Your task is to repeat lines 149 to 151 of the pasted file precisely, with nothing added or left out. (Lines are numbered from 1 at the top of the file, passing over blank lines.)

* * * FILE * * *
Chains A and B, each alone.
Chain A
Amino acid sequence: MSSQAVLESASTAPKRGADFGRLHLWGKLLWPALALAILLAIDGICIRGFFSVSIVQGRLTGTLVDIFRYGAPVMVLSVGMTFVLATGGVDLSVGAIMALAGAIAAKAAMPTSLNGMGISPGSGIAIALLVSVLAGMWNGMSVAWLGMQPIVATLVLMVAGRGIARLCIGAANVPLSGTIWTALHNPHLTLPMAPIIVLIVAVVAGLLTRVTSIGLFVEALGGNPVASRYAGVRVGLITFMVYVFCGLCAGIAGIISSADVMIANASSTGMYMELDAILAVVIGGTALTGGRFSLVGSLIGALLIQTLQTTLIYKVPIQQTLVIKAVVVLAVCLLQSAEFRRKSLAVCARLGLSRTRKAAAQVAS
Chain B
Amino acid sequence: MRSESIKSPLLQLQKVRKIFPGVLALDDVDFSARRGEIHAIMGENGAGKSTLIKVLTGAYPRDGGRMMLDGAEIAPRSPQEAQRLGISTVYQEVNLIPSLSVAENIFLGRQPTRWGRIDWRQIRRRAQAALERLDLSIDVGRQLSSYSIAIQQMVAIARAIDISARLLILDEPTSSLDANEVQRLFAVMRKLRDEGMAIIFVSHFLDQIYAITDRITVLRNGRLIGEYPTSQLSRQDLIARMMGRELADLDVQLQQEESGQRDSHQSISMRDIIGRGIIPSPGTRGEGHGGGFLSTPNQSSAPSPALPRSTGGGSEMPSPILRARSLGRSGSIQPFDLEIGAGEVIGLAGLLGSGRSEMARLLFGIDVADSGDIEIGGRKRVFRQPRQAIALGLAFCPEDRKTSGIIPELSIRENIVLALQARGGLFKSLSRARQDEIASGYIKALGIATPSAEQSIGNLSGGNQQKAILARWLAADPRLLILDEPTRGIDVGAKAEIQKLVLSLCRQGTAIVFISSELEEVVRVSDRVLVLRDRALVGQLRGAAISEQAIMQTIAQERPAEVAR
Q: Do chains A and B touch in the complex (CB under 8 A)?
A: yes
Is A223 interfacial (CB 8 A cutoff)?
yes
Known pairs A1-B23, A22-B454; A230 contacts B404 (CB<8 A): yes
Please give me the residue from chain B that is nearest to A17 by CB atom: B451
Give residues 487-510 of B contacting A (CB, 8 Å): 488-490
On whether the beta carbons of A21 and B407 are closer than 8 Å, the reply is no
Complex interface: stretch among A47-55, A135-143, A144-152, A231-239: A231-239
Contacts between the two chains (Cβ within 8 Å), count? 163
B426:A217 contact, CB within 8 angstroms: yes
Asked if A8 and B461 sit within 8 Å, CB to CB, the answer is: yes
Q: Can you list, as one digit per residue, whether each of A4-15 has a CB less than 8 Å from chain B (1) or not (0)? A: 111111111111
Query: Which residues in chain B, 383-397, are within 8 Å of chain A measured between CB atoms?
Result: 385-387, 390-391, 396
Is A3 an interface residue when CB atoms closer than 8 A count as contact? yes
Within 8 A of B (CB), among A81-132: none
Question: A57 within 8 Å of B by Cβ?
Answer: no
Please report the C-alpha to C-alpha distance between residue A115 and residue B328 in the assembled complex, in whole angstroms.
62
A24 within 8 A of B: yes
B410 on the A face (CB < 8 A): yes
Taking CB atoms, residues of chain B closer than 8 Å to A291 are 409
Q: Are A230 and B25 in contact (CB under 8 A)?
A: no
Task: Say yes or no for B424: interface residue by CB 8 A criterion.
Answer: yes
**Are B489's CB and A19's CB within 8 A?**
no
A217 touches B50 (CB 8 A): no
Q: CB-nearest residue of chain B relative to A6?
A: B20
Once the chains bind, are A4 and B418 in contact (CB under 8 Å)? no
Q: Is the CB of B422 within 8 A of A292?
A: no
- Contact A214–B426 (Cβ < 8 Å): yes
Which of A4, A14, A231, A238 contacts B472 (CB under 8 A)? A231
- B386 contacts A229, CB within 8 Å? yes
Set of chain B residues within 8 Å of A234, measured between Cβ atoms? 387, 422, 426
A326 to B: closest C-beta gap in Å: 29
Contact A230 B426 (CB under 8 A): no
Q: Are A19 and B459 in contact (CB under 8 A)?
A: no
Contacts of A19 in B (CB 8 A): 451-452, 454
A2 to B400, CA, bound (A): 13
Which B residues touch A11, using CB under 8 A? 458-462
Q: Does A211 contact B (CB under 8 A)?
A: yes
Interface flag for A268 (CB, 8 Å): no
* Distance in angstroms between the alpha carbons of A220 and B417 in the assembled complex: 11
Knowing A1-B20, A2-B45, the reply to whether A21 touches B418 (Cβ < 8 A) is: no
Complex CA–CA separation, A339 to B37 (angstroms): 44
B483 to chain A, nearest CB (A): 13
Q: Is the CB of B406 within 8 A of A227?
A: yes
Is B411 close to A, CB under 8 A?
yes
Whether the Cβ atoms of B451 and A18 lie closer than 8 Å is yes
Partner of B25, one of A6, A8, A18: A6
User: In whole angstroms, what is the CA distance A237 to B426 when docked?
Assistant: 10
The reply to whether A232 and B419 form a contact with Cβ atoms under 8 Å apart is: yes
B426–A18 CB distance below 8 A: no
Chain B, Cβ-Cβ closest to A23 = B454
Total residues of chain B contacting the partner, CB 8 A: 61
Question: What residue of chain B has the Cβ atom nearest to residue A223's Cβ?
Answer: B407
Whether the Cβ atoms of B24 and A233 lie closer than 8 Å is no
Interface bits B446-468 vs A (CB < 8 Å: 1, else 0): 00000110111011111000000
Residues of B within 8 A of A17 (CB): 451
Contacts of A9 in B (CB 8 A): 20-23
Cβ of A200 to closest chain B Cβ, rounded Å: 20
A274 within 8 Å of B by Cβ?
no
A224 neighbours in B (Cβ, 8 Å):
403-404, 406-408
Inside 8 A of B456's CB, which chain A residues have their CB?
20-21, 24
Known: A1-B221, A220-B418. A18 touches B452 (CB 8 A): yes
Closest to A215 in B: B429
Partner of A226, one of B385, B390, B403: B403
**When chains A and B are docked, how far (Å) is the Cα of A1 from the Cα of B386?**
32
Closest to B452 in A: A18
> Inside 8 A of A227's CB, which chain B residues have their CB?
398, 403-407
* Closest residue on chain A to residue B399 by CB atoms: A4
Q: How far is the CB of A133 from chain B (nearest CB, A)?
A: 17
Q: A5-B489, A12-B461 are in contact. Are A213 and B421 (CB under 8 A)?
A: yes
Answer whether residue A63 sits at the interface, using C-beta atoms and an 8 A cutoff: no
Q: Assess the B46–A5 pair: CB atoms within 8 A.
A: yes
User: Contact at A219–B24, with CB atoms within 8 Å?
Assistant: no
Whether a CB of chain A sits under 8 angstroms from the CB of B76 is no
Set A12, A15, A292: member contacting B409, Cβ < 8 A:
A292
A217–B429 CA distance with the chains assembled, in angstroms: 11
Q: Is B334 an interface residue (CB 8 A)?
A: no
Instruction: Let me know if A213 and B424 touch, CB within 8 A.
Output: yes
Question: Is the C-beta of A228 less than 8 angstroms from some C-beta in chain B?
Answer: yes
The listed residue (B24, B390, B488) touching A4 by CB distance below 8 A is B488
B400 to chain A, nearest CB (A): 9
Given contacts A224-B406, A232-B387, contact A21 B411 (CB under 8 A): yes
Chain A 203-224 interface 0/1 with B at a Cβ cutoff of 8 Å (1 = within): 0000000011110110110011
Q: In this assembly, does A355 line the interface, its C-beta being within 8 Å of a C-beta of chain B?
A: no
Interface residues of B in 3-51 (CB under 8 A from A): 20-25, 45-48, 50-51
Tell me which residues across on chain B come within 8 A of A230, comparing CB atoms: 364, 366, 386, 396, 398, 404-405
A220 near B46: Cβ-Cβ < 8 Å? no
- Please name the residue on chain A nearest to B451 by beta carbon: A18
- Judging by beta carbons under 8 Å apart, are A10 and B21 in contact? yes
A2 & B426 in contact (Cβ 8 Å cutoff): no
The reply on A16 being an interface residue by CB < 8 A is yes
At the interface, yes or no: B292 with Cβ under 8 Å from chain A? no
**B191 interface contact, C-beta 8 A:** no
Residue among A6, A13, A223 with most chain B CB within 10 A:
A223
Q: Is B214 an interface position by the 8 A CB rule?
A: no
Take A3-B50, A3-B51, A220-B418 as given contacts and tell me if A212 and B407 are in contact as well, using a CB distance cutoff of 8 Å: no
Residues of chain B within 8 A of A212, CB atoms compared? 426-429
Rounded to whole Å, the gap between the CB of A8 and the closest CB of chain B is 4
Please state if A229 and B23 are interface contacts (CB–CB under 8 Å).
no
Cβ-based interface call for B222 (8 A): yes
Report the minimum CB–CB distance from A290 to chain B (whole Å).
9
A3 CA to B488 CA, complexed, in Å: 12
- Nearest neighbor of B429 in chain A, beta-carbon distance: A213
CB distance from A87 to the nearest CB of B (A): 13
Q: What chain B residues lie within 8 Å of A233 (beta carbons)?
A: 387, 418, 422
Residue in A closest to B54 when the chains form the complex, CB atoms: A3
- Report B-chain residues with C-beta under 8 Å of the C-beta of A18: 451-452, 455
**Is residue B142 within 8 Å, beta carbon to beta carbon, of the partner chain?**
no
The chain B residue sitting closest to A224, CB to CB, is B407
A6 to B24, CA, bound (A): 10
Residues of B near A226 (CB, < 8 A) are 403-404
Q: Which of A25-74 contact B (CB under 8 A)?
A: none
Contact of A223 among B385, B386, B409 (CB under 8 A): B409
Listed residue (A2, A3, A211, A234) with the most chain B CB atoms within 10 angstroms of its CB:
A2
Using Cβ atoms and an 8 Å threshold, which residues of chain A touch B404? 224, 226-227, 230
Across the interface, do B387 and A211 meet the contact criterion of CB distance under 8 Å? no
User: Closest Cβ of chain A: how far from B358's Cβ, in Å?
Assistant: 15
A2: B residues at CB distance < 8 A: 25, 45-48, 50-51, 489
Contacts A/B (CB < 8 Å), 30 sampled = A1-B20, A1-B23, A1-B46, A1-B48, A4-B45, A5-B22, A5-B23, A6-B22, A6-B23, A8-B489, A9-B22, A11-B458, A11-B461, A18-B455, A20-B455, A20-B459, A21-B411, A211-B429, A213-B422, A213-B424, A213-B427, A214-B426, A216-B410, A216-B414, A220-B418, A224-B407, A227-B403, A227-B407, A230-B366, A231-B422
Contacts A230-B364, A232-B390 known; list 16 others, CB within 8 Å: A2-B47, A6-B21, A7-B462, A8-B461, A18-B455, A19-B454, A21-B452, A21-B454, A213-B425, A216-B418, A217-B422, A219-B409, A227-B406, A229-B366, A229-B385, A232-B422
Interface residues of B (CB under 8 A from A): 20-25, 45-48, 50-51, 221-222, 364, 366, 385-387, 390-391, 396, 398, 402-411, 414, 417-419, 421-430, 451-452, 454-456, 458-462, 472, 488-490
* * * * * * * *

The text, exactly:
The chain B residue sitting closest to A224, CB to CB, is B407
A6 to B24, CA, bound (A): 10
Residues of B near A226 (CB, < 8 A) are 403-404